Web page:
House Republicans on Friday morning muted Democratic leaders on the House floor during a brief pro forma session.
Seven Democrats — including House Minority Leader Nancy Pelosi (Calif.) and Assistant Leader James Clyburn (S.C.) — stormed into the chamber just after 10 a.m. in an attempt to blast GOP leaders for remaining on vacation amid an unemployment crisis.
It didn't go well.
After the daily prayer and Pledge of Allegiance, Clyburn rose to speak, but presiding officer Rep. Jeff Denham (R-Calif.) deemed Clyburn "out of order," saying no business was to be conducted during the pro forma session. Denham then gaveled the session closed. The entire process lasted two minutes and 35 seconds.
Undeterred, the Democrats remained in the chamber for roughly 15 minutes, staging an impromptu conversation with themselves about why House Republicans — in particular the newly named members of the conference committee charged with finalizing a payroll tax package — aren't in Washington. Aside from Pelosi and Clyburn, Reps. John Larson (D-Conn.), Xavier BecerraXavier BecerraButtigieg has high name recognition, favorability rating in Biden Cabinet: survey Overnight Health Care — Presented by Emergent Biosolutions — Boosters for all The Hill's Morning Report - Presented by ExxonMobil - House to vote on Biden social spending bill after McCarthy delay MORE (D-Calif.), Chris Van Hollen (D-Md.), Henry Waxman (D-Calif.) and Donna Edwards (D-Md.) took part in the protest.
"We're ready to conference," said Clyburn, one of the conferees. "Where are our Republican colleagues?"
The comments will not be reflected in the congressional record, nor were the C-SPAN cameras rolling at the time.
Afterwards, Denham defended his move, characterizing the Democrats' "theatrics" as "comical."
"We all have a duty to be back in our districts to work on behalf of the people and be representative," he said. "We've already spent way too much time in D.C. in December. We should have been able to pass the [payroll] tax cut for a full year earlier. So now that we have a district work period, that's what we should be doing."
Moments later, Pelosi rejected that argument outright.
"They'll telling us they were here late in December, so they can't be here in January?" Pelosi said at a press briefing in the Capitol. "What is this, one month on, one month off?"
The Republican members of the payroll tax conference panel held a conference call Friday morning.
The Republicans' procedural move also lent Democrats ammunition to hammer GOP leaders who've argued that President Obama's recess appointments this week were illegal because Congress is technically in session. How, the Democrats asked, can Congress be in session but no activity allowed on the floor?
"You can't have it both ways," Pelosi said. "You can't say we're in session but you can't speak in the House chamber."
"If we are not in recess, then why are we not in session?" echoed Waxman, senior Democrat on the Energy and Commerce Committee and another member of the payroll tax conference committee.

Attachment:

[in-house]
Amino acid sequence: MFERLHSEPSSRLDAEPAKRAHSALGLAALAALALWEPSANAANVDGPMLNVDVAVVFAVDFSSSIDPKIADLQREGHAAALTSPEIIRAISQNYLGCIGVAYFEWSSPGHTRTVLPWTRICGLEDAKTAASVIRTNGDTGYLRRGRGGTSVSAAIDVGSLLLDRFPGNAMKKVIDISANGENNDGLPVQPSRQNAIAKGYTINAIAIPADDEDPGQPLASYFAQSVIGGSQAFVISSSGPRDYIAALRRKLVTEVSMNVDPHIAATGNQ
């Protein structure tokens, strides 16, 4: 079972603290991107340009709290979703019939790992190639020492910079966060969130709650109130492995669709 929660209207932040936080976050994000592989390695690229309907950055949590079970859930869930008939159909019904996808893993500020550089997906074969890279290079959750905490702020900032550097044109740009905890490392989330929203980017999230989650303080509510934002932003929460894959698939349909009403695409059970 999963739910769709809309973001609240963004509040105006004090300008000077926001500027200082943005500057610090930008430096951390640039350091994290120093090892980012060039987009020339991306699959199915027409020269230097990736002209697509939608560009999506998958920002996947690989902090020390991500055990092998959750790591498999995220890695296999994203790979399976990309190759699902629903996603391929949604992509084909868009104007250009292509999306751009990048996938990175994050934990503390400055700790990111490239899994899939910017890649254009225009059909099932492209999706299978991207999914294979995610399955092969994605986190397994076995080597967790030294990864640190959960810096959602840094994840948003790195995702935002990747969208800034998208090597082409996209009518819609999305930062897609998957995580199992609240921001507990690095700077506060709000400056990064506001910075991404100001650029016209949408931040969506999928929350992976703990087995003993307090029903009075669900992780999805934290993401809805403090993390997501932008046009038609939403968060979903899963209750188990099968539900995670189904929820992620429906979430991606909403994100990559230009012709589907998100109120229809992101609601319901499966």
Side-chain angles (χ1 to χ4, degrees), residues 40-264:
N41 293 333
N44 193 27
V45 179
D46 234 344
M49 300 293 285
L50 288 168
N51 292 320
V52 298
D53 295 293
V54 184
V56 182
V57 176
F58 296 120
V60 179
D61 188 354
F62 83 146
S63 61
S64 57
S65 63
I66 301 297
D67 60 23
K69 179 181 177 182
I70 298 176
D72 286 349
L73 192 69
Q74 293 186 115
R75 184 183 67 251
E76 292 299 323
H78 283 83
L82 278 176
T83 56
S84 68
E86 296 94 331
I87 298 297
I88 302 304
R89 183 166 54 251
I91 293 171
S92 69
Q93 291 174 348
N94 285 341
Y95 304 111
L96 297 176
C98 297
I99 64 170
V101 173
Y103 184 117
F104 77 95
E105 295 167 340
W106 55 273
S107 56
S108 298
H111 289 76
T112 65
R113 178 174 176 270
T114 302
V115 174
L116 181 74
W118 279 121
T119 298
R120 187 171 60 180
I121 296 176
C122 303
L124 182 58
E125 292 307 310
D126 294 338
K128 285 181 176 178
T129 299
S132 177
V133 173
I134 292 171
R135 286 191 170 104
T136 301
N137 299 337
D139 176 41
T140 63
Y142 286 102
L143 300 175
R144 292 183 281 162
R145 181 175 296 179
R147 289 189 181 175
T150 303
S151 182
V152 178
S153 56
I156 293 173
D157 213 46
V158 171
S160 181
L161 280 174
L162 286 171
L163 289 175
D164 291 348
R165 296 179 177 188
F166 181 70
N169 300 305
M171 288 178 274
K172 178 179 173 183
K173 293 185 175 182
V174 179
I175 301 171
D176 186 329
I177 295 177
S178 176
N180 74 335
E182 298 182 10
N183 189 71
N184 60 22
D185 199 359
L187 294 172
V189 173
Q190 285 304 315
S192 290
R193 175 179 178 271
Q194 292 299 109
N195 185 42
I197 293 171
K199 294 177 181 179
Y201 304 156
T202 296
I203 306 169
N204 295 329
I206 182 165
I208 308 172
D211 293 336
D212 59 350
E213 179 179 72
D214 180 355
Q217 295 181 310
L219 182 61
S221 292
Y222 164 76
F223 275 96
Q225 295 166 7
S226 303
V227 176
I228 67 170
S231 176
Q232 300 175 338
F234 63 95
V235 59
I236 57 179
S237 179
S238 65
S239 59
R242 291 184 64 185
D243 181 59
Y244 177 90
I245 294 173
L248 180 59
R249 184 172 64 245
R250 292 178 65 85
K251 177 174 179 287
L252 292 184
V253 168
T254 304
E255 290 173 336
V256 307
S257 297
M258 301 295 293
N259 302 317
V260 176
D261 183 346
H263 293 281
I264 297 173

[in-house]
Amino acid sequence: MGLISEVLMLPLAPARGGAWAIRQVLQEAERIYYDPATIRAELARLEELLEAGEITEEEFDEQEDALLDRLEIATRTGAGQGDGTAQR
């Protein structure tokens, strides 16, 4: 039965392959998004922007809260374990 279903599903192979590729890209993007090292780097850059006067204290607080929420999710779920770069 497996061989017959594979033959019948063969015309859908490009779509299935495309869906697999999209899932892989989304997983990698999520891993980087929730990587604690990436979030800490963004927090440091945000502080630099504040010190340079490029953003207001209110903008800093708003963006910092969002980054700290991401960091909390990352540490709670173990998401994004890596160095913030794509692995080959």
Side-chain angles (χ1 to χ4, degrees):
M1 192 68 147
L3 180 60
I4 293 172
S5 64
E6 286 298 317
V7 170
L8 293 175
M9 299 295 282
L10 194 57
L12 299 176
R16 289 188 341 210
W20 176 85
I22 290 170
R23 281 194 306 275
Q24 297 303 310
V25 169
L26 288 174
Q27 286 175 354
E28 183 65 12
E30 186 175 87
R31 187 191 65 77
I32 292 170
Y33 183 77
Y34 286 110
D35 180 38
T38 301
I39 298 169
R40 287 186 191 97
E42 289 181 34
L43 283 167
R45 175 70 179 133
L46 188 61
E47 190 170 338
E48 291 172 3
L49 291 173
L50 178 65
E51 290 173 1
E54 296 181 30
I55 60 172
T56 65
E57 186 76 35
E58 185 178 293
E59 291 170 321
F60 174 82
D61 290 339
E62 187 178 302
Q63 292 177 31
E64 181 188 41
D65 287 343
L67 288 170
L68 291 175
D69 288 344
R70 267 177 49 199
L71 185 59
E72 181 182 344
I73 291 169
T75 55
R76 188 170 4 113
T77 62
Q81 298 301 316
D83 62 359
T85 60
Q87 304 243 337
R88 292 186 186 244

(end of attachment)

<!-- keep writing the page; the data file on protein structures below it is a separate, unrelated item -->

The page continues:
Republicans are apparently going to continue the practice of holding pro forma sessions, which they have done to prevent the Obama administration from making recess appointments. However, Obama on Wednesday appointed Richard Cordray to head the Consumer Financial Protection Bureau, and made three other appointments to the National Labor Relations Board.
The appointments were backed by an opinion from White House lawyers that Congress is actually in recess, despite the occasional pro forma sessions. But Republicans have warned that the appointments will likely face a legal challenge.
Friday's protest conjured memories of similar episodes in recent years. Last month, House Republican leaders remained in Washington after Democrats left town for the holidays — an effort to portray the Democrats as lazy and out of touch for not conferencing the GOP's proposal to extend the payroll tax for a full year.
"To have these theatrics on the floor after they were absent, I think, is comical," Denham said Friday in reference to the December episode. "I'm glad they're finally appointing their conferees. We look forward to having this debate in a conference, but it should have been done already."
Also last month, Republicans had prevented House Minority Whip Steny Hoyer (D-Md.) from speaking on the floor, refusing to recognize him. Hoyer was making a push to accept the Senate's two-month payroll tax holiday extension.
The Democrats' move was also reminiscent of actions taken by House Republicans in 2008, when they remained in Washington for the entirety of the August recess, making floor speeches to a dark and empty chamber to protest congressional inactivity surrounding a spike in fuel costs.
Democratic leaders on Friday rejected the idea that the two episodes are comparable, arguing that the House in 2008 was officially in recess, whereas GOP leaders this month are claiming the chamber is open for business.
"The Republicans are the ones who are saying, 'We're at work,' " Becerra said. "We're saying, 'Prove it.' "